Watch a speeding Dodge Charger go airborne, get hit by a bus midair, destroy a restaurant

Luckily, the restaurant was closed and no one was killed, but 14 were injured

Life is imitating art in increasingly nutty ways. If, in a movie, we'd seen this same crash between a car and a bus that happened in Long Beach, California, we'd have thought, "No way. What are the chances?" A Dodge Charger driver showed us the chances are never zero.

The driver, speeding south on South Street toward California Avenue at around 3 o'clock on a Thursday afternoon, ignored a stop sign at the intersection. Southern California builds a lot of its main roads with surprisingly high crowns and low gutters on either side. The Charger was going fast enough that as it dipped through the California Avenue gutter and hit the crown, all four tires left the road — as in, a proper "Bullitt" jump without the need for San Francisco ramps or Hollywood tricks. Then, as the sedan was midair, it got hit by a Long Beach public transit bus heading east on California, the collision sending both into The Boujie Crab restaurant on the southeast corner of the intersection.

Flying car + moving bus + crab shack = a bad day for everybody.

The seafood spot was closed, thankfully. The impact injured at least 14 people, 10 of them taken to local hospitals, six in serious condition. The bus driver was one of those injured, but no one died. The Charger ended up wedged between the bus and the structure, emergency crews needing to pull the driver and passenger out. The car caught fire as it was loaded onto a flatbed trailer more than six hours later. Residents living in the apartments above the restaurant were forced to evacuate; it's not clear for how long.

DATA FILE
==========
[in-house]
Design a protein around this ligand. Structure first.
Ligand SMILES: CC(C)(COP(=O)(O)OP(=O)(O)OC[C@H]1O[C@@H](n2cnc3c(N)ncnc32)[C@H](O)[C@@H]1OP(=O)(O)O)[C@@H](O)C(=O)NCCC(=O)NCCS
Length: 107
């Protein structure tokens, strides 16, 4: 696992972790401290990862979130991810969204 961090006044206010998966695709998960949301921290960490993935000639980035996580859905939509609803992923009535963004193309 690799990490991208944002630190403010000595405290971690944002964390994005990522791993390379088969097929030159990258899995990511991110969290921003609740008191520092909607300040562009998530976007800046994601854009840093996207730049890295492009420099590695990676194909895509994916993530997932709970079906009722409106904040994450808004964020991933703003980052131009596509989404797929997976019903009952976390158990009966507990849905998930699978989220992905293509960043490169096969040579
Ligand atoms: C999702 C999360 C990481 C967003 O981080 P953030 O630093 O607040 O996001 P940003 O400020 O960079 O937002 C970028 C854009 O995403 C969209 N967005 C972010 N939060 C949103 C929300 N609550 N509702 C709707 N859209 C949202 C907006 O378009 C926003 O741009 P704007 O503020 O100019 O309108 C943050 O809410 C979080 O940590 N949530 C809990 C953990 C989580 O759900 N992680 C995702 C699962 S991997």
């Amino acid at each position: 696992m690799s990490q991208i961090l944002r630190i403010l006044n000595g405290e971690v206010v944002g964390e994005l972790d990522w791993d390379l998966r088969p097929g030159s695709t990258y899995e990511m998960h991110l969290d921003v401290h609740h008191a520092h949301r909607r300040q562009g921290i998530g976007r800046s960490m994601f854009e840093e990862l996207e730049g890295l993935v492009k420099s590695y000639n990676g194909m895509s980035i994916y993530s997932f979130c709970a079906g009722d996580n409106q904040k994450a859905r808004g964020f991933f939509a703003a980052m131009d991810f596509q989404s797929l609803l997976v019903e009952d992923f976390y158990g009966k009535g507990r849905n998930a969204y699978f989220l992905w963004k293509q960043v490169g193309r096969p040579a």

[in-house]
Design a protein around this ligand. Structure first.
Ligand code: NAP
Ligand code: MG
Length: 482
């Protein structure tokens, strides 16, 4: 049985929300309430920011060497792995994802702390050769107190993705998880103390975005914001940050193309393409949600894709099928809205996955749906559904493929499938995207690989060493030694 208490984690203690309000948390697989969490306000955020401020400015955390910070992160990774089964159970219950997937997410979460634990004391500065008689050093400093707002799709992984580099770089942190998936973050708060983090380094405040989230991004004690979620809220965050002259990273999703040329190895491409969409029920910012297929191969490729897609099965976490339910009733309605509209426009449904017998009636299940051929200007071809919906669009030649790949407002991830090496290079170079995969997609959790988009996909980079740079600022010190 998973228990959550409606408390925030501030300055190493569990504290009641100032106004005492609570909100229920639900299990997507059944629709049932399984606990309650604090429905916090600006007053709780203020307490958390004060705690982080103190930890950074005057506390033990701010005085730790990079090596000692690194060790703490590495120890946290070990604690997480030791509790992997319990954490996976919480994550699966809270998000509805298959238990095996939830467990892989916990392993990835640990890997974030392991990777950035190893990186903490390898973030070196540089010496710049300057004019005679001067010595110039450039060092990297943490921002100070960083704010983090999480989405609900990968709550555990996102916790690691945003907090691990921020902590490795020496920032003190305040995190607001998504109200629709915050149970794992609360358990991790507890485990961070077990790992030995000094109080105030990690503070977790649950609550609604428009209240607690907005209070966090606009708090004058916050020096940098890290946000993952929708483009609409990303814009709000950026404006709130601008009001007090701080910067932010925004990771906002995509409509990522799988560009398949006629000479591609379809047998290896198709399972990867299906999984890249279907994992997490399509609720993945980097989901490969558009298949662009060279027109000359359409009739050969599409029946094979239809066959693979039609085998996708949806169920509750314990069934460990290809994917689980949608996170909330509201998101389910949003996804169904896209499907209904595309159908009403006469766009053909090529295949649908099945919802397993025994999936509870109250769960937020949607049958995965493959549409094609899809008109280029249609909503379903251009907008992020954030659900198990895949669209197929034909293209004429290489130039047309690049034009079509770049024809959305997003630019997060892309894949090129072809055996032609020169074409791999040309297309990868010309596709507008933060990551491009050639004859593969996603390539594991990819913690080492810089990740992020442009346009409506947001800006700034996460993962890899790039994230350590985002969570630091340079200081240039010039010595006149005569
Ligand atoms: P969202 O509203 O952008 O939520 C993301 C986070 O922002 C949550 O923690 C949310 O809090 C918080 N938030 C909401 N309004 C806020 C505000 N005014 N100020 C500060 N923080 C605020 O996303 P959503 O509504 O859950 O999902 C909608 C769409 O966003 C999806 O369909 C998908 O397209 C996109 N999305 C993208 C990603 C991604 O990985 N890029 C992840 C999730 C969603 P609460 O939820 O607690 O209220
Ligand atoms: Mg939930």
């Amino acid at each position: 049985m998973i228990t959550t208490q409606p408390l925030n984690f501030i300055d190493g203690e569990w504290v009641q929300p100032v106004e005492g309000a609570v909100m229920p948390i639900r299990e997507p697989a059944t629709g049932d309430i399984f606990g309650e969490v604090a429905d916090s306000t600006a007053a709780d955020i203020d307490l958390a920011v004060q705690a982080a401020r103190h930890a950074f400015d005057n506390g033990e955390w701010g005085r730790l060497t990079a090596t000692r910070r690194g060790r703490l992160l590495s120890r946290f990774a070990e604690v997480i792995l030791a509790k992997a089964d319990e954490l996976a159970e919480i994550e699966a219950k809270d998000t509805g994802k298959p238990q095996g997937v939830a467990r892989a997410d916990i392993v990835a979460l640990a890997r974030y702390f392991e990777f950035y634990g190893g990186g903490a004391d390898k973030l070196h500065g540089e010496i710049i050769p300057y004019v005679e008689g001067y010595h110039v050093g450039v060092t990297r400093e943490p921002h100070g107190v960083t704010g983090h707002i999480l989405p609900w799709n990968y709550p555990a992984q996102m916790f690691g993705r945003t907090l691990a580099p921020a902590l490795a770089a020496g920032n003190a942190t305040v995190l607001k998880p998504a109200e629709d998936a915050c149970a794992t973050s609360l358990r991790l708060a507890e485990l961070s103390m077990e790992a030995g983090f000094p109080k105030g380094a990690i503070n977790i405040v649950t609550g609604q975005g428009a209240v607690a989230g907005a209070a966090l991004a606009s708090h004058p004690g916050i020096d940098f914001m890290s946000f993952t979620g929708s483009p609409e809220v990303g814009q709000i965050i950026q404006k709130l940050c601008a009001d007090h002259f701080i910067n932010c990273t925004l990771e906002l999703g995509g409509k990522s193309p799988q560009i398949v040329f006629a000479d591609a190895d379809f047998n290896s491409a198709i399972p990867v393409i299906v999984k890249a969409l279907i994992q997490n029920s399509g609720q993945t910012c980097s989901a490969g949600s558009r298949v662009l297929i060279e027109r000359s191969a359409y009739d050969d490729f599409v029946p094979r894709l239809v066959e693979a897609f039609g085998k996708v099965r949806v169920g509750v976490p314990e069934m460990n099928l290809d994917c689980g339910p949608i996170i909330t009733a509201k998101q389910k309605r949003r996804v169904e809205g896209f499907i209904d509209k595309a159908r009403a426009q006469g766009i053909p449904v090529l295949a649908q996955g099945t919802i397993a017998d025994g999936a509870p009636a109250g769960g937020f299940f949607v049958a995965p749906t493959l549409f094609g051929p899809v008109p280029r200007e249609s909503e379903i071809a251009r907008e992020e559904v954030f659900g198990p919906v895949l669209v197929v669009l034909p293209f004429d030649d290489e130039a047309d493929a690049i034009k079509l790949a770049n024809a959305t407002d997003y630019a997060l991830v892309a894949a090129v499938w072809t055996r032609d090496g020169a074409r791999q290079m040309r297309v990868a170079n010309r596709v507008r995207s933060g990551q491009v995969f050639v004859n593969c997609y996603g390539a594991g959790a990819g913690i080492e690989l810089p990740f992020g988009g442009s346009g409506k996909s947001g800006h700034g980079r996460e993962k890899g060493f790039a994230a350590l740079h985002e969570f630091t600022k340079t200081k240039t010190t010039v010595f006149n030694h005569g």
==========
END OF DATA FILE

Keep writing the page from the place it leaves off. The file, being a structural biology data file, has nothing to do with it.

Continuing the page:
In the video above, KTLA 5 identifies a woman named Erica Hunt as the restaurant owner. We're not sure where that identification came from; Nickey McKnight opened The Boujie Crab in 2020. McKnight told ABC 7 she wasn't sure she'd reopen The Boujie Crab in the same location. "I have mixed feelings about this street, although I do want to stay in Long Beach," she said. Problem is, "Some of my customers would say this [street] is like a race track because they go so fast. ... Literally, you can hear the speed from inside the restaurant." A local resident told the Long Beach Press-Telegram the same thing about speeding on South Street, "It happens all the time — people do donuts, go 60 to 70 miles per hour down the street."

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